Viola Vincent reporting…Underdog by Anna Kenna

December 13, 2017 Comments off

UnderdogViola Vincent reporting…Underdog by Anna Kenna. Pub. Tiromoana Publishing, 2017.

If you are an animal lover this novel is heart rending stuff but even if you are not the treatment of dogs in puppy rearing farms will stir your stomach. It is a world wide problem and is alive and well in New Zealand too.

A string of sausages around a boy’s neck for a wearable arts school competition leads to an attack by a gentle labrador seeking food and brings 13 year old Caitlin alias Viola Vincent in contact with the puppy rearing industry.

With the help of a journalist friend Megan, Caitlin first helps with the labrador and then discovers the horror of the puppy farm in her area.

The plight of Sissy, a young dog who is held captive in appalling conditions with the sole purpose of producing puppies for sale, comes to Caitlin’s notice and she goes on the prowl to expose the ratbags who are mistreating dogs so badly.

Easy to read with alternate chapters in the puppy factory showing the horror of it all. Fortunately there is a happy ending.

For primary and intermediate readers. A worthwhile read from a former 20/20 TV journalist.

The Mud by Mick Stone

December 8, 2017 Comments off

mudThe Mud by Mick Stone. Pub. BMS Books, 2017

The coast around Whakakatane has sandy beaches and muddy estuaries and these form the backdrop to this rather disturbing story of 17 year old Emily Lewis who has been abused by the man she knows as father for much of her life.

Emily has been taken off a boat she has drifted around the estuary in, talking to her yet unborn baby, while her mother’s house has become a crime scene after she was stabbed in the back. Are all these events linked?

Emily is cautioned and taken to the cells, moved around the court and psychiatric circuit which she is well adept at handling and it is she who narrates the story. I liked Emily, she is clearly able academically but her life has virtually been snuffed out by adults who clearly need to be dealt to under the law.

Emily¬† has the opinion that “there is nothing you or anyone else can do about me”. Adults all the way down the line have failed her. How very sad. This story is only 105 pages long and is a short sharp punch in the guts. It is written to assist others who are in the same predicament as her.

Secondary and young adult

Lucky Button by Michael Morpurgo. Illus. Michael Foreman.

December 4, 2017 Comments off

lucky buttonLucky Button by Michael Morpurgo. Illus. Michael Foreman. pub. walker books, 2017.

There is always something gentle yet powerful about a Michael Morpurgo novel and so it is with this one. Similarly he often uses a story within a story to link a past event with a present day situation and he does it again in this novel.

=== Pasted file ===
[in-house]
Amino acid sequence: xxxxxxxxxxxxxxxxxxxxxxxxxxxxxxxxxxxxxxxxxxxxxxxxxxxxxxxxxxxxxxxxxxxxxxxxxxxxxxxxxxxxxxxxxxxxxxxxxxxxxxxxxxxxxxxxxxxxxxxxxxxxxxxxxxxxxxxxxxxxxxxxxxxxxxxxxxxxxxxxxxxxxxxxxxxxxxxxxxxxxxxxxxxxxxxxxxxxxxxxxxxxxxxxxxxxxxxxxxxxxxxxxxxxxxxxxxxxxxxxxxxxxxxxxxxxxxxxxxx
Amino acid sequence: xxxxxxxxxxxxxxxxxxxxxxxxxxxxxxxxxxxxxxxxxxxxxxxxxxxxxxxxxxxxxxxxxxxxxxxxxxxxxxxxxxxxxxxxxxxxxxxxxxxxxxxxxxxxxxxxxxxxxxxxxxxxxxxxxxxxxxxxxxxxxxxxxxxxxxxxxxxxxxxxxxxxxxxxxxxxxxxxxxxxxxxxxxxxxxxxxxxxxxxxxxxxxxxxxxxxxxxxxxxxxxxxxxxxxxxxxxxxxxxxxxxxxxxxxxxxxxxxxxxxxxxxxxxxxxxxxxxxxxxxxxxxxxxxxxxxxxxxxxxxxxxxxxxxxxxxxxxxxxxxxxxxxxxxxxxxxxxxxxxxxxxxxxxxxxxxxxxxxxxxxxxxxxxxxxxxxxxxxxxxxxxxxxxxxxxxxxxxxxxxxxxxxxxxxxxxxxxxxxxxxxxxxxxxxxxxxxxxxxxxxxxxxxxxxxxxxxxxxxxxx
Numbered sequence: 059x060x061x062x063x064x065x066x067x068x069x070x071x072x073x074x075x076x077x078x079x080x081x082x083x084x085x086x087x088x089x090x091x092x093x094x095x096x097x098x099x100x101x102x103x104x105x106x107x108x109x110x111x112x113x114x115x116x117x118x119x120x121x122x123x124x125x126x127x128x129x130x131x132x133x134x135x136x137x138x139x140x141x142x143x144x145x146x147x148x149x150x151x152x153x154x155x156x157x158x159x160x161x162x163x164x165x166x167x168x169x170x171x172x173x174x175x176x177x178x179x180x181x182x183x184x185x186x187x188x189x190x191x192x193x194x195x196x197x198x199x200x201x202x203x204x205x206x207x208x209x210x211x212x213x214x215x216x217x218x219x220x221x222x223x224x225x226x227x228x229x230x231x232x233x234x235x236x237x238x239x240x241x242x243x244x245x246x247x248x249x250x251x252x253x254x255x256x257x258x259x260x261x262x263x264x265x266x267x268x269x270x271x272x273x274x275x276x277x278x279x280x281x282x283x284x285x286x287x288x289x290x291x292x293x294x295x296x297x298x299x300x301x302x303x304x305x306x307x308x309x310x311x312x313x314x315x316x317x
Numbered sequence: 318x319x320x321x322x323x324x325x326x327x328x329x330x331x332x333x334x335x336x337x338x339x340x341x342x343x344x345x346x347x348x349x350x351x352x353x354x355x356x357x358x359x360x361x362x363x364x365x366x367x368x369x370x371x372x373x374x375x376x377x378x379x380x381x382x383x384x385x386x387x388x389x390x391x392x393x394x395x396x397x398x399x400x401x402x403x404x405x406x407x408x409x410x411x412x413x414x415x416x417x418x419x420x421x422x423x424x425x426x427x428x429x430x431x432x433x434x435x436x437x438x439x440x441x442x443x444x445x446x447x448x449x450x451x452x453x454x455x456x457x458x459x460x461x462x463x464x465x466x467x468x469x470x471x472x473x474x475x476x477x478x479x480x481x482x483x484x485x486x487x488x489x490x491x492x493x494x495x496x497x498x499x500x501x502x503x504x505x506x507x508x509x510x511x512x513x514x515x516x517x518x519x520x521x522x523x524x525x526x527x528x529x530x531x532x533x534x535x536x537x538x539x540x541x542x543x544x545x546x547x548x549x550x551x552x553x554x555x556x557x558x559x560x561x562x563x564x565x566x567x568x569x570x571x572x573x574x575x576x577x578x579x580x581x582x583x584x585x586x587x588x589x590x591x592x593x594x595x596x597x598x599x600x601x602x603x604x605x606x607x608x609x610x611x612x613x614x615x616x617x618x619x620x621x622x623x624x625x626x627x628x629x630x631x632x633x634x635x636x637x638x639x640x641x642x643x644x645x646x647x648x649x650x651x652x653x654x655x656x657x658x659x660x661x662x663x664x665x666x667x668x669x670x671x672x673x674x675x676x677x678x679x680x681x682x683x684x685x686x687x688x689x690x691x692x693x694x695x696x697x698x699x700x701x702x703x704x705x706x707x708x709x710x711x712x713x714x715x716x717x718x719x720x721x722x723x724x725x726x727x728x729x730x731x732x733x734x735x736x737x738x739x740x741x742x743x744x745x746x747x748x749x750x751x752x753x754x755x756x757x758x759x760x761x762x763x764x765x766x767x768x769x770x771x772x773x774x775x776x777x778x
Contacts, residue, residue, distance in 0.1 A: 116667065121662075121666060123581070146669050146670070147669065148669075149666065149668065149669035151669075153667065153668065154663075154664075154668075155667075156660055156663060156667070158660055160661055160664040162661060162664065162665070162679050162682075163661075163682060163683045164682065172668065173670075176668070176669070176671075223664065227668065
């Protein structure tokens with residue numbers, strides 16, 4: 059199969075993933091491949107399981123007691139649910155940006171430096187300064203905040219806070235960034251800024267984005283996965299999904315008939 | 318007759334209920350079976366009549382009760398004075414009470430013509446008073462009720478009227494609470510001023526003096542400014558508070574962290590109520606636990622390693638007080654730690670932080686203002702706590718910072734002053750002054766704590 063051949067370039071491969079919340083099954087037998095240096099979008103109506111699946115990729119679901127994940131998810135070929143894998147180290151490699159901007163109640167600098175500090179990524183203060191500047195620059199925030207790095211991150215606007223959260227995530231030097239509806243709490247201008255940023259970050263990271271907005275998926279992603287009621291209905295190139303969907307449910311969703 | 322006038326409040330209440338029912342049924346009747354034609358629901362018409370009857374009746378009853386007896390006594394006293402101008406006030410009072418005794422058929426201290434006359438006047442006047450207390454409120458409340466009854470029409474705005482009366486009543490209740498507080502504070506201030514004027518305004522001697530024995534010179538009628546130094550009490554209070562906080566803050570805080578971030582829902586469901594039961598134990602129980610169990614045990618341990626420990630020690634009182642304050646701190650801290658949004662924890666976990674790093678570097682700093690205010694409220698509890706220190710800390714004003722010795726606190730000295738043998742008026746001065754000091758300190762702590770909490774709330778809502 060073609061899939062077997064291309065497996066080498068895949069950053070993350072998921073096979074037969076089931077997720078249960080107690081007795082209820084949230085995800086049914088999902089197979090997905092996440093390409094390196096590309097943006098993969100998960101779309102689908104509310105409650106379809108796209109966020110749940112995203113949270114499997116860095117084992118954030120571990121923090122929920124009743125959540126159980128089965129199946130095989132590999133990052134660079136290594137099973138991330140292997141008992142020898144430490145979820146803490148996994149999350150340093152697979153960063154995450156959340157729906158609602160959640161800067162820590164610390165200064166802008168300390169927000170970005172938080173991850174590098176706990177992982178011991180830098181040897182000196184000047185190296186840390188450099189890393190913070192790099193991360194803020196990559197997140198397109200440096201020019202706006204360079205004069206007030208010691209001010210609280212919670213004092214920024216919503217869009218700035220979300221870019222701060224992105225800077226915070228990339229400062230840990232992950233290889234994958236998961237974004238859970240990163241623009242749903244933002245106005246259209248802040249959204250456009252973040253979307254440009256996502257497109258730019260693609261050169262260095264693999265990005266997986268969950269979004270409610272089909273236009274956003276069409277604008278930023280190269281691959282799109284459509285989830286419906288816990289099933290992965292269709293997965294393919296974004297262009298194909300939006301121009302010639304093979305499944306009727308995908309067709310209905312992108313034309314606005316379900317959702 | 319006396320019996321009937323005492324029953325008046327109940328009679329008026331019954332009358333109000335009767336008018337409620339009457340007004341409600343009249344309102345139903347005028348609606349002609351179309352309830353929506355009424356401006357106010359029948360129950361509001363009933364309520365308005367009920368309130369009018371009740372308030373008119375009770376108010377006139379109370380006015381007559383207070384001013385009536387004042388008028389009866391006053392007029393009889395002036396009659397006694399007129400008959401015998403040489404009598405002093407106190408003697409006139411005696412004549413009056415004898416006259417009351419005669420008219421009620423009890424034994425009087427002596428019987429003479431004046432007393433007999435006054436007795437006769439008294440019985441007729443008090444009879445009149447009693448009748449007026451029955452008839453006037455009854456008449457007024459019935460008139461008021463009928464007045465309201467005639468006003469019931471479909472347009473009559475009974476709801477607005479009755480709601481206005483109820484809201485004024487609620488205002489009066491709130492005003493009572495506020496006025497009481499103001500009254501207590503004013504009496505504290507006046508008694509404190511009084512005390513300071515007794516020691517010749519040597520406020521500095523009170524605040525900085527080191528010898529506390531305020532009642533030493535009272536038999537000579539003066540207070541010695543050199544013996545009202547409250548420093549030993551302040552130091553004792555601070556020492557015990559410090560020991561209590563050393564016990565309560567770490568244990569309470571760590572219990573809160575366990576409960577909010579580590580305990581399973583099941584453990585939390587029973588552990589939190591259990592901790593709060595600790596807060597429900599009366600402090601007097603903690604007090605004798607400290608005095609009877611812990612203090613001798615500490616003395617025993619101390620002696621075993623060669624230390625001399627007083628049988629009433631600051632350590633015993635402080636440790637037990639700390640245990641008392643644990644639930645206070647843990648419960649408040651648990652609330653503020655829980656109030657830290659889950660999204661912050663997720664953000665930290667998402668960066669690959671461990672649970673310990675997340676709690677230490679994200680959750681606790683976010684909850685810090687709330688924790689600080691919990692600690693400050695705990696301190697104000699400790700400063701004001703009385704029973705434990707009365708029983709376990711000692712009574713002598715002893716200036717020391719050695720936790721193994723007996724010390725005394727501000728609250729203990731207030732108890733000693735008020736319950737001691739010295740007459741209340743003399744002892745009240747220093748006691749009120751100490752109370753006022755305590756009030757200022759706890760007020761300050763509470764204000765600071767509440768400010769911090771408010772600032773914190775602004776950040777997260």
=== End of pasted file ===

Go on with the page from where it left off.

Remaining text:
Jonah looks after his mother who is house bound and has stopped playing music that Jonah loved so much. Jonah gives up much of his school life to look after his mother and is bullied at school.

After an attack he retreats to the school chapel where he finds a brass button that brought the original owner a lot of luck. The owner called Nathaniel Hogarth was a foundling at an orphanage with connections to the composer Handel.  Nathaniel appears before Jonah as a ghost and tells him an amazing story about becoming friends with Mozart and his sister.

Will the lucky button give some badly needed luck to Jonah and his mum? Read it and find out. It is fascinating and based on true events although this is not a true story.

Superbly illustrated by Michael Foreman’s colour illustrations as always.

Primary and middle school readers will devour it.

Bad Dad by David Walliams. Illus. Tony Ross

December 2, 2017 Comments off

bad dadBad Dad by David Walliams. Illus. Tony Ross. Pub. HarperCollins, 2017.

You don’t need to advertise these novels kids all know about them as soon as they are out.

The usual smattering of silliness which you wish was true, with goodies taking on baddies and winning. This time we have a bad dad who isn’t bad, a vicar without a congregation, a mini called Queenie, an aunt who can’t write poetry and three villains-Mr Big, Fingers and Thumbs who are just classic and right out of a Jimmy Cagney movie.

The down trodden are 11 year old Frank and his stockcar driving father Gilbert who losses a leg, a wife and his self respect but not the love of his son.

The minor characters are a treat especially the local copper Sergeant Scoff and perennial newsagent and all round good guy if a little mingy, Raj.

Great for anyone with a silly sense of humour and especially for reluctant readers. As usual Tony Ross’s illustrations are superb.

I loved it. But wait there’s more. We have a gay relationship to ponder and it will make you happy.